According to a report from Yahoo's Pete Thamel, as well as corroboration from The Athletic's Nicole Auerbach, the Big Ten has decided to move forward with a football season that will kick off next month.
On Wednesday morning, the waiting finally ended. Sources confirmed to Yahoo Sports that the Big Ten will return to play in the fall of 2020. The league is expected to start the season on Oct. 24, which is scheduled to allow for both a conference title game and a potential spot in the College Football Playoff.
The major shift that swayed the conference's decision on playing a fall season was the availability of rapid testing. Or that's going to be the PR pitch, at least.
What changed in less than five weeks? A confluence of medical advancements, fan blowback, political pressure and the successful start of the college football season elsewhere – especially in leagues like the ACC – all contributed to the league reversing course. Sources said that the presence of daily rapid testing, which has led to a successful start in the NFL, will be used in the Big Ten and will be a key part of the league’s messaging why it’s moving forward.
We'll have much more on this whenever there's an official announcement and accompanying schedule. There'll be time for an eight-game conference-only season and Big Ten title game with that start date if there are no weeks off—fingers crossed that this goes smoothly!—in order to get the season played before the college football playoff field is chosen.
IMMEDIATE UPDATE: IT'S OFFICIAL, THINGS ARE MOVING FAST AROUND HERE.
The Big Ten Council of Presidents and Chancellors (COP/C) adopted significant medical protocols including daily antigen testing, enhanced cardiac screening and an enhanced data-driven approach when making decisions about practice/competition. The COP/C voted unanimously to resume the football season starting the weekend of October 23-24, 2020. The decision was based on information presented by the Big Ten Return to Competition Task Force, a working group that was established by the COP/C and Commissioner Kevin Warren to ensure a collaborative and transparent process.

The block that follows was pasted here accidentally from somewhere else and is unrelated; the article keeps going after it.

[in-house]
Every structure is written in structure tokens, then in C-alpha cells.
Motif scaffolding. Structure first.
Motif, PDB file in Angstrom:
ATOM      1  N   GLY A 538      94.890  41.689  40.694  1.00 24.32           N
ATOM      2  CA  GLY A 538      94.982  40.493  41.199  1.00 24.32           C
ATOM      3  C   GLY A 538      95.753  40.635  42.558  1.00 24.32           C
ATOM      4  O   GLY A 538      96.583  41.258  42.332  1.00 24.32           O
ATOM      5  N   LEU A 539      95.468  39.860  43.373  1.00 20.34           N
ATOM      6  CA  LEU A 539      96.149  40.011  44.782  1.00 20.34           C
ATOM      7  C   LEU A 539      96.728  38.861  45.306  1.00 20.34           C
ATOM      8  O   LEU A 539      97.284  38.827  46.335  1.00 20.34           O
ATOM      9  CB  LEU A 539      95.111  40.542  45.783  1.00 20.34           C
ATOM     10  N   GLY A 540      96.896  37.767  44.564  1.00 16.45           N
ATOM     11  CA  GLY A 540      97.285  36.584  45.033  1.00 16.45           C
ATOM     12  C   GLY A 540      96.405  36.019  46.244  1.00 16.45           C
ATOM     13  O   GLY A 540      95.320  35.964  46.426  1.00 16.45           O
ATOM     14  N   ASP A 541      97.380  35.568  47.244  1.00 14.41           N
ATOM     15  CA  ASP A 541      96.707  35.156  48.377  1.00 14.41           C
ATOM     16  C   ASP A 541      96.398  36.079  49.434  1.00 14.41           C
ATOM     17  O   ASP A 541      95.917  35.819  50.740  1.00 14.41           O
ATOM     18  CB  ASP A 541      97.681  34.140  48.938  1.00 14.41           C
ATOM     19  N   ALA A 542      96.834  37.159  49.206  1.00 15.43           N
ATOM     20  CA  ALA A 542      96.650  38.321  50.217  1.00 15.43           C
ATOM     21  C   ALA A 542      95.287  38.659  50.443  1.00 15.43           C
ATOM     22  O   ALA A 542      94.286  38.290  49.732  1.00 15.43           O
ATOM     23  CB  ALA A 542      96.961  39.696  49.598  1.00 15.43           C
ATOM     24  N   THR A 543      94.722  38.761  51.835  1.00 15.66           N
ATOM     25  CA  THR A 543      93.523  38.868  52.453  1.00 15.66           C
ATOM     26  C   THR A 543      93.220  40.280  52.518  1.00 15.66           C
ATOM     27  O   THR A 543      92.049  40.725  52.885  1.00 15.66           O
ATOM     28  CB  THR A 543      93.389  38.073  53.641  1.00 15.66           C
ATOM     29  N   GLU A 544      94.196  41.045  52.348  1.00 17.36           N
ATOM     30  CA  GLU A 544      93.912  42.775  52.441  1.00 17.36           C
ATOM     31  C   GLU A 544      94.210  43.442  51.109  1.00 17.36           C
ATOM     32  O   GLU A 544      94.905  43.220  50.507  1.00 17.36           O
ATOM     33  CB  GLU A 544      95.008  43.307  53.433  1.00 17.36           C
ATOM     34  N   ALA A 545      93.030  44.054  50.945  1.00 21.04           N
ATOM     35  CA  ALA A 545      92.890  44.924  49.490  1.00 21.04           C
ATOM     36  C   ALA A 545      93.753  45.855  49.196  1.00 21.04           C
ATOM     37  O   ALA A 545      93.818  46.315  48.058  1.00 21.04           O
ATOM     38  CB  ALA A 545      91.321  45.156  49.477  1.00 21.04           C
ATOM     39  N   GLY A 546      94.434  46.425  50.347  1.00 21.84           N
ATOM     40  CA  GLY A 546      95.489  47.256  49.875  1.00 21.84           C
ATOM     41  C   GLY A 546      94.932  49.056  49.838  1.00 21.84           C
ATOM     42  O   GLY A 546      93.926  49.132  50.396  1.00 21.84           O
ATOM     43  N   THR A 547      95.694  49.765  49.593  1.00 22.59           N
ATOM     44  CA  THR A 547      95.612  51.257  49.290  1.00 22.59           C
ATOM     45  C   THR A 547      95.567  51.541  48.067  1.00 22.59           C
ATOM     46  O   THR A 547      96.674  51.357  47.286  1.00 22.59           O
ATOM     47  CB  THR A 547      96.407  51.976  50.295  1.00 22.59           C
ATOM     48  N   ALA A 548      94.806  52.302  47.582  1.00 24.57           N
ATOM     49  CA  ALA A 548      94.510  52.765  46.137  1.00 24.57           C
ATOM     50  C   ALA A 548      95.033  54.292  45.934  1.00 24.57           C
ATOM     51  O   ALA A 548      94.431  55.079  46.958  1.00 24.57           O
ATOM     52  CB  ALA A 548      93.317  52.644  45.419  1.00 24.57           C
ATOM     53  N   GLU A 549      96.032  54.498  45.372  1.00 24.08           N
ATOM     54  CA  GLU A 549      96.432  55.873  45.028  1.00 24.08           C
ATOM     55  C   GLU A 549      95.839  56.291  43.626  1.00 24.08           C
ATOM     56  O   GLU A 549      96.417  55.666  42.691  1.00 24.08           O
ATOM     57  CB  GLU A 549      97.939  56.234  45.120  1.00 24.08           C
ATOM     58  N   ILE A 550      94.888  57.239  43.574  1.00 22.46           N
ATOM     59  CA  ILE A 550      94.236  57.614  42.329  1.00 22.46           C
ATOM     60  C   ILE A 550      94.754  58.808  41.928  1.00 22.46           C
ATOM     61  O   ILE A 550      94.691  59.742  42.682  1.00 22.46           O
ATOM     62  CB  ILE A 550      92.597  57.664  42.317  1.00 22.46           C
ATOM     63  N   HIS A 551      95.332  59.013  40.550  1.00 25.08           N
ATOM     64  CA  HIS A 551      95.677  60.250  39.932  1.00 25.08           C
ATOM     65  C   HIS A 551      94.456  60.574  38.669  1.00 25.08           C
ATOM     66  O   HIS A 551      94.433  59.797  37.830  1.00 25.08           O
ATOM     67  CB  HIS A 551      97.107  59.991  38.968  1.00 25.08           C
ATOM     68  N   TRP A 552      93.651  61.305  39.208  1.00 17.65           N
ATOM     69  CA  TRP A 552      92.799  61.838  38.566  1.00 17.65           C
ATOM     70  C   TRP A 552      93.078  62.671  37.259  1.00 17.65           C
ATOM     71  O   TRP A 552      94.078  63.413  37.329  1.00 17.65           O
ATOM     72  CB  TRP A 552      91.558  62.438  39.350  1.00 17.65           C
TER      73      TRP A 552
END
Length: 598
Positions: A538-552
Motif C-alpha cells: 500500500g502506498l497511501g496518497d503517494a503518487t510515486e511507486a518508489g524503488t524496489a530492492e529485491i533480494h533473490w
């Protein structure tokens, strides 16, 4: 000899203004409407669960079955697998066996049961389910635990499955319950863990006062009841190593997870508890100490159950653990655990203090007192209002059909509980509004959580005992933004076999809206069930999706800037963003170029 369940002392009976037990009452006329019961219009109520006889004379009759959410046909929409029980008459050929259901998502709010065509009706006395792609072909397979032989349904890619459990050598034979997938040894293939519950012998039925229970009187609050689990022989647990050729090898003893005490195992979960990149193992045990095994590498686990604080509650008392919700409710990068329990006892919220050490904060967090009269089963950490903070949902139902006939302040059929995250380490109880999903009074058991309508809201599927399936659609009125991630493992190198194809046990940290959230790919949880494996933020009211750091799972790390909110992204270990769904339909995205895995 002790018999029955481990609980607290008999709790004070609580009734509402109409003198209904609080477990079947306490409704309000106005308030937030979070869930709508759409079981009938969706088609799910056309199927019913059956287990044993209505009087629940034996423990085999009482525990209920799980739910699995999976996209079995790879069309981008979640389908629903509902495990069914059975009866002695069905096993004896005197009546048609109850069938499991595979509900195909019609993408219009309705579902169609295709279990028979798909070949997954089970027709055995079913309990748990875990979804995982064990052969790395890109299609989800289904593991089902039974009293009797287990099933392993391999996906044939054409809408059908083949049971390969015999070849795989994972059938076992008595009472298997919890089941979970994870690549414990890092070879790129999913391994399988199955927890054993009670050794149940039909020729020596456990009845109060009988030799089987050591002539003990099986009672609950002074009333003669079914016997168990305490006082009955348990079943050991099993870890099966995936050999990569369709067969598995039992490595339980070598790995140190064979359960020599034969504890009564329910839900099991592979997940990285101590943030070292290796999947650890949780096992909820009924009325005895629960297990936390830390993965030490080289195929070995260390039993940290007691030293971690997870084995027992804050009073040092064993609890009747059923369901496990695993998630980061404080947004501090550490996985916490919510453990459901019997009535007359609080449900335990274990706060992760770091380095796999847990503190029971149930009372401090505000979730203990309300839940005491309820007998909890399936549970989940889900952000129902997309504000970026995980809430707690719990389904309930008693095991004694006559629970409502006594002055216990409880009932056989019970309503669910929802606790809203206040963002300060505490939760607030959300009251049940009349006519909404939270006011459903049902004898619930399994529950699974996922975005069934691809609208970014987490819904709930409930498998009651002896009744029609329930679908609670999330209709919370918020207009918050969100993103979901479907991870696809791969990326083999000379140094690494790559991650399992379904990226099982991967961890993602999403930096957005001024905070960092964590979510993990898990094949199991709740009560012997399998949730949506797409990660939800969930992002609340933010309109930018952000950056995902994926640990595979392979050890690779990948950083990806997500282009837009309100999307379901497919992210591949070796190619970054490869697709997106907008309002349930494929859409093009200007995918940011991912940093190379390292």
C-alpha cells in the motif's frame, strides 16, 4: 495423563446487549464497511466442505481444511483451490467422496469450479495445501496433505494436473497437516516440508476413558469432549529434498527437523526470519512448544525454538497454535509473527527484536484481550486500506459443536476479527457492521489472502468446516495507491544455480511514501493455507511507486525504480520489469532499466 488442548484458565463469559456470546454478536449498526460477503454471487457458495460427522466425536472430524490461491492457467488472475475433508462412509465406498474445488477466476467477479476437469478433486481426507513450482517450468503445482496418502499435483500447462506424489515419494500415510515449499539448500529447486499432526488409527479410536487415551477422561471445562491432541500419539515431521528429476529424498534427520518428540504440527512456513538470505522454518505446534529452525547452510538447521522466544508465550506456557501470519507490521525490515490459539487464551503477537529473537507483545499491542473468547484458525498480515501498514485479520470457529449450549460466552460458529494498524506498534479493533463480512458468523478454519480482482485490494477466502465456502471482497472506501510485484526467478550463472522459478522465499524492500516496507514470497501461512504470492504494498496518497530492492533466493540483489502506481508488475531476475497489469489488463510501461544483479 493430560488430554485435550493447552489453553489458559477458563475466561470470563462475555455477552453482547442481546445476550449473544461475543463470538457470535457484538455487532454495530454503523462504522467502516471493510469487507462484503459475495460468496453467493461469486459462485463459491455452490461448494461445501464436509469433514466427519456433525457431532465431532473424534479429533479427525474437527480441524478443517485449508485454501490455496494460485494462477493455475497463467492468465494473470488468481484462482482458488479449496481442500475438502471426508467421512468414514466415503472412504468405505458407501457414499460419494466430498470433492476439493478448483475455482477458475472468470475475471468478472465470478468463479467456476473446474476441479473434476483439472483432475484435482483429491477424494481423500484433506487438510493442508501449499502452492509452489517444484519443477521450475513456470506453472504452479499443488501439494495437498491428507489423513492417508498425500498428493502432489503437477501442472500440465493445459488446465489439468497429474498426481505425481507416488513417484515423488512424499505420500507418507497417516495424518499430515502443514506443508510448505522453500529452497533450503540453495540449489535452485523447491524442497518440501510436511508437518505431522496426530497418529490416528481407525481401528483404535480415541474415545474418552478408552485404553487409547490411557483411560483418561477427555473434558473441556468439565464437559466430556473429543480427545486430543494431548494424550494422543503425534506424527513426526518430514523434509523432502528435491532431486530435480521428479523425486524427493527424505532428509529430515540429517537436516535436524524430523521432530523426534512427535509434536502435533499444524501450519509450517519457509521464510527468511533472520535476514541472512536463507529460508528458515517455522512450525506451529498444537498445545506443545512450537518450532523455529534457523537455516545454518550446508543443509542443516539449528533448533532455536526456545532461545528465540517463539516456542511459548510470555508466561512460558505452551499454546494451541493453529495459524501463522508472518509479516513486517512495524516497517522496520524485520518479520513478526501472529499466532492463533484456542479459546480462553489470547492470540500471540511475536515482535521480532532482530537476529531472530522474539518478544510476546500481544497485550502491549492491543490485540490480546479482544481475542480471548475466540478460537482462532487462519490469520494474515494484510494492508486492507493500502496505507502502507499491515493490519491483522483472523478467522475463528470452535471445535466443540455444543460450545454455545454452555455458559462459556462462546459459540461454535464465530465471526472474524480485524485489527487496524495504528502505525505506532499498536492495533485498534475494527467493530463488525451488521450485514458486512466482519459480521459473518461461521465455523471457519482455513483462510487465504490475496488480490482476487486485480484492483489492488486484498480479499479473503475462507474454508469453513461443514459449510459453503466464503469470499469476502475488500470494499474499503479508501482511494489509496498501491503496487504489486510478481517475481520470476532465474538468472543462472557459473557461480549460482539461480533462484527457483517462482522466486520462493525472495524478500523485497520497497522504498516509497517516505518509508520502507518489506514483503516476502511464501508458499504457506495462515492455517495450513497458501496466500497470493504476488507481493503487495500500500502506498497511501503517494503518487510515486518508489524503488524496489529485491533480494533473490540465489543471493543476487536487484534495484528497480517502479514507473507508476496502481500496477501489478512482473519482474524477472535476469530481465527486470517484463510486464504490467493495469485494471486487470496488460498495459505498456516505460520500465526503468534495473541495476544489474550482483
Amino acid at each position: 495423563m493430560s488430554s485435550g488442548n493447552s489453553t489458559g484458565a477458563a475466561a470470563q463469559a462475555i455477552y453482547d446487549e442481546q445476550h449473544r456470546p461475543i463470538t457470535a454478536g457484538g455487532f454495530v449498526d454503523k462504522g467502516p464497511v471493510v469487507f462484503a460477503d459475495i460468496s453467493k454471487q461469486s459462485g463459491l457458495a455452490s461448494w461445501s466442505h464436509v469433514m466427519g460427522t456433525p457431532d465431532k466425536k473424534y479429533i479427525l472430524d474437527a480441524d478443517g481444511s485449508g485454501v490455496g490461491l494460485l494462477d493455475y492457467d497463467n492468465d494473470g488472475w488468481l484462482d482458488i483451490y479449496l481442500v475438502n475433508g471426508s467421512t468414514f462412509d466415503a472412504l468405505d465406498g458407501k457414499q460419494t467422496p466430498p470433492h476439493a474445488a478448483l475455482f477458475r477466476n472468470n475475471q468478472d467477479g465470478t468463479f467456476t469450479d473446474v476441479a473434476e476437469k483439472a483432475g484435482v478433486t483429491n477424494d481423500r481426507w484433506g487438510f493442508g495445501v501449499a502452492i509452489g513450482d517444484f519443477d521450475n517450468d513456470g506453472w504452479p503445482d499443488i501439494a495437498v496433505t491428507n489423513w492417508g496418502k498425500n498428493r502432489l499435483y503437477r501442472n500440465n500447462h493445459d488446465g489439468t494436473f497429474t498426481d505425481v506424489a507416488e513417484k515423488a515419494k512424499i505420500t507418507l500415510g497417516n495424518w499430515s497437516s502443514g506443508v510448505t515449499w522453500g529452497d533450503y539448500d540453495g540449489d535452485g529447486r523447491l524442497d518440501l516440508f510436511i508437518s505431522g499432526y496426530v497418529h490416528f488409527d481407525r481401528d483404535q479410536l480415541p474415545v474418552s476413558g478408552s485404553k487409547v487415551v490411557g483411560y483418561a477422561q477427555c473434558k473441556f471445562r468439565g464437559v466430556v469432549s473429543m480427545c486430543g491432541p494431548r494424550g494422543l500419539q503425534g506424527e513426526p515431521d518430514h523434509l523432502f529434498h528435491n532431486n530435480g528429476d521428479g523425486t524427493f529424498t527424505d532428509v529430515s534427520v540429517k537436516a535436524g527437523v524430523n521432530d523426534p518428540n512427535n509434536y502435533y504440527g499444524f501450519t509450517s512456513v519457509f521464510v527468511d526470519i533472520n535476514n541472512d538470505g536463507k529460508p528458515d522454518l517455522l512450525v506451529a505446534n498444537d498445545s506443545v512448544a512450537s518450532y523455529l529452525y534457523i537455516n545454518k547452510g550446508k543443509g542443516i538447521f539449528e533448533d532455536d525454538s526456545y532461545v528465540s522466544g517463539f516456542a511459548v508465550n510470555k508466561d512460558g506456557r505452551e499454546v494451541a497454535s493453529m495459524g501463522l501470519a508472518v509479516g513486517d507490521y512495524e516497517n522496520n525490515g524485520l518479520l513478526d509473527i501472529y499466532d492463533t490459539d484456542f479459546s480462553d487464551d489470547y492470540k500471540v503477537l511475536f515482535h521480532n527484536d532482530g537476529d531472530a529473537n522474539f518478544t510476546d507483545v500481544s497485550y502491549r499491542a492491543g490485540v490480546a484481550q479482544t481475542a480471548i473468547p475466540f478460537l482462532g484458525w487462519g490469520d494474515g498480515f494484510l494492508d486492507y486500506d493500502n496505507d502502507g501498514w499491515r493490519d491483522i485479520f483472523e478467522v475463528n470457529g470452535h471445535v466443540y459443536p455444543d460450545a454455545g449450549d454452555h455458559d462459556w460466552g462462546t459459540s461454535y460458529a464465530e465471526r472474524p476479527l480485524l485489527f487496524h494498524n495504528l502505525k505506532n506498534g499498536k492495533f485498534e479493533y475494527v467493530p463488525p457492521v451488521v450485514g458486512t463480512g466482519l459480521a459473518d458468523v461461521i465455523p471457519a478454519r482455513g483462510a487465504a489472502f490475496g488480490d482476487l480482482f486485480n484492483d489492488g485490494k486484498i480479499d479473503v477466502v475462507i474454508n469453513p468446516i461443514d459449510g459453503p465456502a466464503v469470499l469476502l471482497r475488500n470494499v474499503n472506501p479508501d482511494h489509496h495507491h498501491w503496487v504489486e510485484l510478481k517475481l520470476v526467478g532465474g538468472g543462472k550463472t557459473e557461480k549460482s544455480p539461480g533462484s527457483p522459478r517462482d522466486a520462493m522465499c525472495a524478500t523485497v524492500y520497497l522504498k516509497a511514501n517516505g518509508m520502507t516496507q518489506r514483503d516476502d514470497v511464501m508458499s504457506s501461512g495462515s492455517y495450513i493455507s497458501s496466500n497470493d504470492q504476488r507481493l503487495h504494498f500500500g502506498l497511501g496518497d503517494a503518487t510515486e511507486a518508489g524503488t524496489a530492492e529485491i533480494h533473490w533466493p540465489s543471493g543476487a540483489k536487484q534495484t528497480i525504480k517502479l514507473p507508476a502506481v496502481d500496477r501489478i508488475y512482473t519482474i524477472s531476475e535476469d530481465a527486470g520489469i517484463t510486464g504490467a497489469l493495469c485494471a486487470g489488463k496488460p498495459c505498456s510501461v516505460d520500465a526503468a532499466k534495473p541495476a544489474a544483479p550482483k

The Big Ten will require student-athletes, coaches, trainers and other individuals that are on the field for all practices and games to undergo daily antigen testing. Test results must be completed and recorded prior to each practice or game. Student-athletes who test positive for the coronavirus through point of contact (POC) daily testing would require a polymerase chain reaction (PCR) test to confirm the result of the POC test.
There are many more details in the full press release. Buried at the end is a promising note about the rest of the sporting slate:
Eventually all Big Ten sports will require testing protocols before they can resume competition. Updates regarding fall sports other than football, as well as winter sports that begin in the fall including men’s and women’s basketball, men’s ice hockey, men’s and women’s swimming and diving, and wrestling, will be announced shortly.
Here we go.
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